"None told me, but in truth, having eyes and ears, I grew certain of it," said Swanhild. "Look at them now: surely lovers wear such faces."
Now it chanced that Gudruda had rested her chin on her hand, and was gazing into Eric's eyes beneath the shadow of her hair.
"Methinks my sister will look higher than to wed a simple yeoman, though he is large as two other men," said Björn with a sneer. Now Björn was jealous of Eric's strength and beauty, and did not love him.
"Trust nothing that thou seest and little that thou hearest, girl," said Asmund, raising himself from thought: "so shall thy guesses be good. Eric, come here and tell us how thou didst chance on Gudruda in the snow."
"I was not so ill seated but that I could bear to stay," grumbled Eric beneath his breath; but Gudruda said "Go."
So he went and told his tale; but not all of it, for he intended to ask Gudruda in marriage on the morrow, though his heart prophesied no luck in the matter, and therefore he was not overswift with it.
"In this thing thou hast done me and mine good service," said Asmund coldly, searching Eric's face with his blue eyes. "It had been said if my fair daughter had perished in the snow, for, know this: I would set her high in marriage, for her honour and the honour of my house, and so some rich and noble man had lost great joy. But take thou this gift in memory of the deed, and Gudruda's husband shall give thee another such upon the day that he makes her wife," and he drew a gold ring off his arm.
Now Eric's knees trembled as he heard, and his heart grew faint as though with fear. But he answered clear and straight:
"Thy gift had been better without thy words, ring-giver; but I pray thee to take it back, for I have done nothing to win it, though perhaps the time will come when I shall ask thee for a richer."
"My gifts have never been put away before," said Asmund, growing angry.
"This wealthy farmer holds the good gold of little worth. It is foolish to take fish to the sea, my father," sneered Björn.
"Nay, Björn, not so," Eric answered: "but, as thou sayest, I am but a farmer, and since my father, Thorgrimur Iron-Toe, died things have not gone too well on Ran River. But at the least I am a free man, and I will take no gifts that I cannot repay worth for worth. Therefore I will not have the ring."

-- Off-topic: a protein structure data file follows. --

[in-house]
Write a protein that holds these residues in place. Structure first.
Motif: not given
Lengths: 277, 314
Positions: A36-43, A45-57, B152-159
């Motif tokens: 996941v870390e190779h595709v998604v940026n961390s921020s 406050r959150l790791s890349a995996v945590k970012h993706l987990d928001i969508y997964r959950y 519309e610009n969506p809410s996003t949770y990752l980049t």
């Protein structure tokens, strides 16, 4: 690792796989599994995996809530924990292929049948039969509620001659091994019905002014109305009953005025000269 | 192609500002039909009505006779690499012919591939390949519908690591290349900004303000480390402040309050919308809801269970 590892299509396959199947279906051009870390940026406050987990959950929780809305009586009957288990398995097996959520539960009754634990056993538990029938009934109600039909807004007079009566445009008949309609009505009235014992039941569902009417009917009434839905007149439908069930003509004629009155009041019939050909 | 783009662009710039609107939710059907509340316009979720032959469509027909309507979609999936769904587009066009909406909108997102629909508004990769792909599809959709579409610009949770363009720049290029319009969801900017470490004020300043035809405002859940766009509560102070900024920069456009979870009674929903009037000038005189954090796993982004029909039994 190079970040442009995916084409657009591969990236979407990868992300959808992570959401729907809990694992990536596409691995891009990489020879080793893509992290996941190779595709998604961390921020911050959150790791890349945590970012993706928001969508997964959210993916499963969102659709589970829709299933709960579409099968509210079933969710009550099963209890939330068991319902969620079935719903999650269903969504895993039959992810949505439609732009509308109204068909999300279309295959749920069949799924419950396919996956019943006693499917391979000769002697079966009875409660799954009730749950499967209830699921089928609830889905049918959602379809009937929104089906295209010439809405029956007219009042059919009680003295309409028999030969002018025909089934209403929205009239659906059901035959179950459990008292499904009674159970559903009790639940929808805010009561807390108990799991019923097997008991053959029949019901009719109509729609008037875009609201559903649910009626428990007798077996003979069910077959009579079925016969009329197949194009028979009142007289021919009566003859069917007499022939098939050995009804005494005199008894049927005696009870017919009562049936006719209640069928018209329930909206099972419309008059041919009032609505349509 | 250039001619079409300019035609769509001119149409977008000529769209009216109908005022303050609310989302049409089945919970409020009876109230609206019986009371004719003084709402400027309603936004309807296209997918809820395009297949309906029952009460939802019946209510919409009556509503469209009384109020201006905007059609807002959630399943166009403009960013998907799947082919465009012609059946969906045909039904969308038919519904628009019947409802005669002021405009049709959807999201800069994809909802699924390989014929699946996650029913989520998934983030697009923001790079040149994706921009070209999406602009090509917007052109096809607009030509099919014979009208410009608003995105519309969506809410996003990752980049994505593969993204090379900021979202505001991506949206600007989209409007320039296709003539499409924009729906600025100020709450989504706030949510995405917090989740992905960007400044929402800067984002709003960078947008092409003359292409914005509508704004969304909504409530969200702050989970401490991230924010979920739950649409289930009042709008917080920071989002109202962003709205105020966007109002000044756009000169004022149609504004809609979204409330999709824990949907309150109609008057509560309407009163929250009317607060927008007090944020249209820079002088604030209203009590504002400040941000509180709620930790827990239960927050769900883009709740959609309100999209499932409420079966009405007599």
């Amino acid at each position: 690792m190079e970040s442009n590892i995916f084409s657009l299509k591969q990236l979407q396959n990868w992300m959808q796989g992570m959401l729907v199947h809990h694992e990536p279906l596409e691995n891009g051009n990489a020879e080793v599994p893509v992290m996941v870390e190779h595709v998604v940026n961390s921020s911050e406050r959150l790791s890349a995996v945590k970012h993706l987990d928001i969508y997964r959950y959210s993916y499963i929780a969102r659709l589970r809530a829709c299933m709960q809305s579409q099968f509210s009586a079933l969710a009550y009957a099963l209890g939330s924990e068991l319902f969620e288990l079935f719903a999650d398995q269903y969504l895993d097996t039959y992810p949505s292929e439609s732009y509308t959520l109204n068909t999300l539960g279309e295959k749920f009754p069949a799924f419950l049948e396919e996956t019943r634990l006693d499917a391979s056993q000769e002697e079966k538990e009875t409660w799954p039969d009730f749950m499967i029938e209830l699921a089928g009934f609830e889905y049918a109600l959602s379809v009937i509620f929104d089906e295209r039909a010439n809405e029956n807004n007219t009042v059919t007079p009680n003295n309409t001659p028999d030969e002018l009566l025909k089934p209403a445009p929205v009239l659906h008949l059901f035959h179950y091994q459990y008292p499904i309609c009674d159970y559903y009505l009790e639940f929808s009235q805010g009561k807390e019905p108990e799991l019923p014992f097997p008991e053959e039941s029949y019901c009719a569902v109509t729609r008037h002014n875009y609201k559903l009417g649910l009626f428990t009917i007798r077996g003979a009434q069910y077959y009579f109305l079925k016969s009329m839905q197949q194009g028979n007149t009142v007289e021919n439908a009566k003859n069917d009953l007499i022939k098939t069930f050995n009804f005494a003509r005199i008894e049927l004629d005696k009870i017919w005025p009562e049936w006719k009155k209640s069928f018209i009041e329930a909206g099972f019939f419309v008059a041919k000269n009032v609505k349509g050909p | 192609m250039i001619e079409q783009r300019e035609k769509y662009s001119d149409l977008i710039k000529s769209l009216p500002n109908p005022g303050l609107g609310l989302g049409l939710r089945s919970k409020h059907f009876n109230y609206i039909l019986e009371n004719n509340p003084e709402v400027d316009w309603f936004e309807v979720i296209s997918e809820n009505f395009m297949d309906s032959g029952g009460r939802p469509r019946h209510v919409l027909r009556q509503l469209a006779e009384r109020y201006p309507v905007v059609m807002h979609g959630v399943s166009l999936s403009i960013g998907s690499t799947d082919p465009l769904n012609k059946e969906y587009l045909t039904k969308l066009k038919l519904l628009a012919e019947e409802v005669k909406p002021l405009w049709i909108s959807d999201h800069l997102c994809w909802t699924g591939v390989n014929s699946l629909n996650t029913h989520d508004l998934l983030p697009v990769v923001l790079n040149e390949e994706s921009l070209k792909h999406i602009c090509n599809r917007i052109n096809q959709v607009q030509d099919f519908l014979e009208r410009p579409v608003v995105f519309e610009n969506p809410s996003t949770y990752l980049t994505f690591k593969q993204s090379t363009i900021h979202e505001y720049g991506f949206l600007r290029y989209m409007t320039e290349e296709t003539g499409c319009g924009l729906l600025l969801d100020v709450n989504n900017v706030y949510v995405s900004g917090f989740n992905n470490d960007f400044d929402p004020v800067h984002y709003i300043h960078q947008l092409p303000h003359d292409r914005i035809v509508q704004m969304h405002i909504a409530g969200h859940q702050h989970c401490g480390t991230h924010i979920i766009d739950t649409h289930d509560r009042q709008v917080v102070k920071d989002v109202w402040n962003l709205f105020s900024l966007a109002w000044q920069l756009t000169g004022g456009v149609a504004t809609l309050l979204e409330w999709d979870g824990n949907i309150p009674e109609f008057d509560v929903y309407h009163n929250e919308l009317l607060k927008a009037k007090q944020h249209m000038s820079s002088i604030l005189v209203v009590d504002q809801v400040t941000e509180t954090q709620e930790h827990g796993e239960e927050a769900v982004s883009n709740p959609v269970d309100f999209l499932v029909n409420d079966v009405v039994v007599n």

"As thou wilt," said Asmund. "Pride is a good horse if thou ridest wisely," and he thrust the ring back upon his arm.
Then people go to rest; but Swanhild seeks her mother, and tells her all that has befallen her, nor does Groa fail to listen.
"Now I will make a plan," she says, "for these things have chanced well and Asmund is in a ripe humour. Eric shall come no more to Middalhof till Gudruda is gone hence, led by Ospakar Blacktooth."
"And if Eric does not come here, how shall I see his face? for, mother, I long for the sight of it."
"That is thy matter, thou lovesick fool. Know this: that if Eric comes hither and gets speech with Gudruda, there is an end of thy hopes; for, fair as thou art, she is too fair for thee, and, strong as thou art, in a way she is too strong. Thou hast heard how these two love, and such loves mock at the will of fathers. Eric will win his desire or die beneath the swords of Asmund and Björn, if such men can prevail against his might. Nay, the wolf Eric must be fenced from the lamb till he grows hungry. Then let him search the fold and make spoil of thee, for, when the best is gone, he will desire the good."
"So be it, mother. As I sat crouched behind Gudruda in the snow at Coldback, I had half a mind to end her love-words with this knife, for so I should have been free of her."
"Yes, and fast in the doom-ring, thou wildcat. The gods help this Eric, if thou winnest him. Nay, choose thy time and, if thou must strike, strike secretly and home. Remember also that cunning is mightier than strength, that lies pierce further than swords, and that witchcraft wins where honesty must fail. Now I will go to Asmund, and he shall be an angry man before to-morrow comes."
Then Groa went to the shut bed where Asmund the Priest slept. He was sitting on the bed and asked her why she came.
"For love of thee, Asmund, and thy house, though thou dost treat me ill, who hast profited so much by me and my foresight. Say now: wilt thou that this daughter of thine, Gudruda the Fair, should be the light May of yonder long-legged yeoman?"
"That is not in my mind," said Asmund, stroking his beard.
"Knowest thou, then, that this very day your white Gudruda sat on Eric's lap in the snow, while he fondled her to his heart's content?"
"Most likely it was for warmth. Men do not dream on love in the hour of death. Who saw this?"